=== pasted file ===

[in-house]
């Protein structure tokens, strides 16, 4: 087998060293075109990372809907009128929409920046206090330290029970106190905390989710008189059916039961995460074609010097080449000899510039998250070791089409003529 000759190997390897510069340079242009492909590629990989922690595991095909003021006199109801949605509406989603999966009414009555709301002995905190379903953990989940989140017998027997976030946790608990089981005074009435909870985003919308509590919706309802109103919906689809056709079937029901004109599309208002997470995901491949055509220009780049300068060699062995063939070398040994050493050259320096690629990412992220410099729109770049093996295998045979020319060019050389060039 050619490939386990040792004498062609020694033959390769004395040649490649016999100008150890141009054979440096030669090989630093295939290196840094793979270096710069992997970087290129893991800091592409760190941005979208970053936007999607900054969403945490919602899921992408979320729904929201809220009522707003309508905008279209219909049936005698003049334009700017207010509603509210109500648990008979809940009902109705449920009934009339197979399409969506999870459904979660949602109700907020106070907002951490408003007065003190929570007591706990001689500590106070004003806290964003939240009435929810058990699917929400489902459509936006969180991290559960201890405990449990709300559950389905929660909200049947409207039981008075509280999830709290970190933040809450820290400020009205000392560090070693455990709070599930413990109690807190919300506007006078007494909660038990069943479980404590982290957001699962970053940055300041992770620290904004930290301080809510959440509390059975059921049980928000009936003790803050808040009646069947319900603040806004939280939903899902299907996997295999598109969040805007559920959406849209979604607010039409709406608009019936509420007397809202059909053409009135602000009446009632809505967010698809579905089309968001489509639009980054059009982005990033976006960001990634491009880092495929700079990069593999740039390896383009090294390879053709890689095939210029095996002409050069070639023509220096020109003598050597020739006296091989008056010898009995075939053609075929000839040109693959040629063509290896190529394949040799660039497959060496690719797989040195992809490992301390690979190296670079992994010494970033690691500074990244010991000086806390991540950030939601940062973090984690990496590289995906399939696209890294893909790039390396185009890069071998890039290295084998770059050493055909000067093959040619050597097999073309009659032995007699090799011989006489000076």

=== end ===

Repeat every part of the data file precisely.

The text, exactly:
[in-house]
């Protein structure tokens, strides 16, 4: 087998060293075109990372809907009128929409920046206090330290029970106190905390989710008189059916039961995460074609010097080449000899510039998250070791089409003529 000759190997390897510069340079242009492909590629990989922690595991095909003021006199109801949605509406989603999966009414009555709301002995905190379903953990989940989140017998027997976030946790608990089981005074009435909870985003919308509590919706309802109103919906689809056709079937029901004109599309208002997470995901491949055509220009780049300068060699062995063939070398040994050493050259320096690629990412992220410099729109770049093996295998045979020319060019050389060039 050619490939386990040792004498062609020694033959390769004395040649490649016999100008150890141009054979440096030669090989630093295939290196840094793979270096710069992997970087290129893991800091592409760190941005979208970053936007999607900054969403945490919602899921992408979320729904929201809220009522707003309508905008279209219909049936005698003049334009700017207010509603509210109500648990008979809940009902109705449920009934009339197979399409969506999870459904979660949602109700907020106070907002951490408003007065003190929570007591706990001689500590106070004003806290964003939240009435929810058990699917929400489902459509936006969180991290559960201890405990449990709300559950389905929660909200049947409207039981008075509280999830709290970190933040809450820290400020009205000392560090070693455990709070599930413990109690807190919300506007006078007494909660038990069943479980404590982290957001699962970053940055300041992770620290904004930290301080809510959440509390059975059921049980928000009936003790803050808040009646069947319900603040806004939280939903899902299907996997295999598109969040805007559920959406849209979604607010039409709406608009019936509420007397809202059909053409009135602000009446009632809505967010698809579905089309968001489509639009980054059009982005990033976006960001990634491009880092495929700079990069593999740039390896383009090294390879053709890689095939210029095996002409050069070639023509220096020109003598050597020739006296091989008056010898009995075939053609075929000839040109693959040629063509290896190529394949040799660039497959060496690719797989040195992809490992301390690979190296670079992994010494970033690691500074990244010991000086806390991540950030939601940062973090984690990496590289995906399939696209890294893909790039390396185009890069071998890039290295084998770059050493055909000067093959040619050597097999073309009659032995007699090799011989006489000076």